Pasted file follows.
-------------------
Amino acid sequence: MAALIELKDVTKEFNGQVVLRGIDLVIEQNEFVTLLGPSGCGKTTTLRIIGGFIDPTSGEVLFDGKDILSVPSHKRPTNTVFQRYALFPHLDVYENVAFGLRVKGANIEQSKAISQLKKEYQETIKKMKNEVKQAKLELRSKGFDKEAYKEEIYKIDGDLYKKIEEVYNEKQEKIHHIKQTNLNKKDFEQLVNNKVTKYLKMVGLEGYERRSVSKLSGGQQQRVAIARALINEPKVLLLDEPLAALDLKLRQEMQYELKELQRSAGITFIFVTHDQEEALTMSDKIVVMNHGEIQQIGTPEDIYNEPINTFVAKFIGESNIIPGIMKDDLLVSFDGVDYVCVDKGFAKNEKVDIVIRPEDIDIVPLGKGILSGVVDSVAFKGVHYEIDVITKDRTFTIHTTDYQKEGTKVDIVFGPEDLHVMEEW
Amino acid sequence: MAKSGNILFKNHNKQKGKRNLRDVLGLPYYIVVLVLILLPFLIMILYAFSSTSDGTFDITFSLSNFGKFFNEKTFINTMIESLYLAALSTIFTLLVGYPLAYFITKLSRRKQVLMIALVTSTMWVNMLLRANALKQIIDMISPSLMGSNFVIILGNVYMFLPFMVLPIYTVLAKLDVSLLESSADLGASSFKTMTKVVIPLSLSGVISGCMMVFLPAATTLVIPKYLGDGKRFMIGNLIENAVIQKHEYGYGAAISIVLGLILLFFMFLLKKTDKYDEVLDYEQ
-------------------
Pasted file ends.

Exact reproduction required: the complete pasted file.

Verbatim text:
Amino acid sequence: MAALIELKDVTKEFNGQVVLRGIDLVIEQNEFVTLLGPSGCGKTTTLRIIGGFIDPTSGEVLFDGKDILSVPSHKRPTNTVFQRYALFPHLDVYENVAFGLRVKGANIEQSKAISQLKKEYQETIKKMKNEVKQAKLELRSKGFDKEAYKEEIYKIDGDLYKKIEEVYNEKQEKIHHIKQTNLNKKDFEQLVNNKVTKYLKMVGLEGYERRSVSKLSGGQQQRVAIARALINEPKVLLLDEPLAALDLKLRQEMQYELKELQRSAGITFIFVTHDQEEALTMSDKIVVMNHGEIQQIGTPEDIYNEPINTFVAKFIGESNIIPGIMKDDLLVSFDGVDYVCVDKGFAKNEKVDIVIRPEDIDIVPLGKGILSGVVDSVAFKGVHYEIDVITKDRTFTIHTTDYQKEGTKVDIVFGPEDLHVMEEW
Amino acid sequence: MAKSGNILFKNHNKQKGKRNLRDVLGLPYYIVVLVLILLPFLIMILYAFSSTSDGTFDITFSLSNFGKFFNEKTFINTMIESLYLAALSTIFTLLVGYPLAYFITKLSRRKQVLMIALVTSTMWVNMLLRANALKQIIDMISPSLMGSNFVIILGNVYMFLPFMVLPIYTVLAKLDVSLLESSADLGASSFKTMTKVVIPLSLSGVISGCMMVFLPAATTLVIPKYLGDGKRFMIGNLIENAVIQKHEYGYGAAISIVLGLILLFFMFLLKKTDKYDEVLDYEQ